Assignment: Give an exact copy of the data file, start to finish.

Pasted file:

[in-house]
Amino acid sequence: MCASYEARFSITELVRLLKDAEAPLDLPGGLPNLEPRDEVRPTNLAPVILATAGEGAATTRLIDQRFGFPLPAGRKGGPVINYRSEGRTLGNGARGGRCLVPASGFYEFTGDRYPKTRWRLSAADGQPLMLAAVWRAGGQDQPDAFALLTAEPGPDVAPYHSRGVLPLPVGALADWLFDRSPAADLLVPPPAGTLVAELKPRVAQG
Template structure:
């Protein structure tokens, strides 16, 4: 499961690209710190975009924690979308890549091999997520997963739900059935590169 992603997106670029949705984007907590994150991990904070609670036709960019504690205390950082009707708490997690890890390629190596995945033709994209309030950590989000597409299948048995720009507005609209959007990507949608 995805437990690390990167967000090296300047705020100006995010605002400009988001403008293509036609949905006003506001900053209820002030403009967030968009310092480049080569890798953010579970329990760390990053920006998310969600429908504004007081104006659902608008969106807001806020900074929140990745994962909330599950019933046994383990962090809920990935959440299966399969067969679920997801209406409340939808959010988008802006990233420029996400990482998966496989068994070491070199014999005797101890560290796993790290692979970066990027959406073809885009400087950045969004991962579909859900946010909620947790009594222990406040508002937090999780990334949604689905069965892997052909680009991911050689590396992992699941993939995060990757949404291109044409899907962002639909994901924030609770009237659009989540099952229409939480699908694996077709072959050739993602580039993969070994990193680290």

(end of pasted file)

[in-house]
Amino acid sequence: MCASYEARFSITELVRLLKDAEAPLDLPGGLPNLEPRDEVRPTNLAPVILATAGEGAATTRLIDQRFGFPLPAGRKGGPVINYRSEGRTLGNGARGGRCLVPASGFYEFTGDRYPKTRWRLSAADGQPLMLAAVWRAGGQDQPDAFALLTAEPGPDVAPYHSRGVLPLPVGALADWLFDRSPAADLLVPPPAGTLVAELKPRVAQG
Template structure:
């Protein structure tokens, strides 16, 4: 499961690209710190975009924690979308890549091999997520997963739900059935590169 992603997106670029949705984007907590994150991990904070609670036709960019504690205390950082009707708490997690890890390629190596995945033709994209309030950590989000597409299948048995720009507005609209959007990507949608 995805437990690390990167967000090296300047705020100006995010605002400009988001403008293509036609949905006003506001900053209820002030403009967030968009310092480049080569890798953010579970329990760390990053920006998310969600429908504004007081104006659902608008969106807001806020900074929140990745994962909330599950019933046994383990962090809920990935959440299966399969067969679920997801209406409340939808959010988008802006990233420029996400990482998966496989068994070491070199014999005797101890560290796993790290692979970066990027959406073809885009400087950045969004991962579909859900946010909620947790009594222990406040508002937090999780990334949604689905069965892997052909680009991911050689590396992992699941993939995060990757949404291109044409899907962002639909994901924030609770009237659009989540099952229409939480699908694996077709072959050739993602580039993969070994990193680290």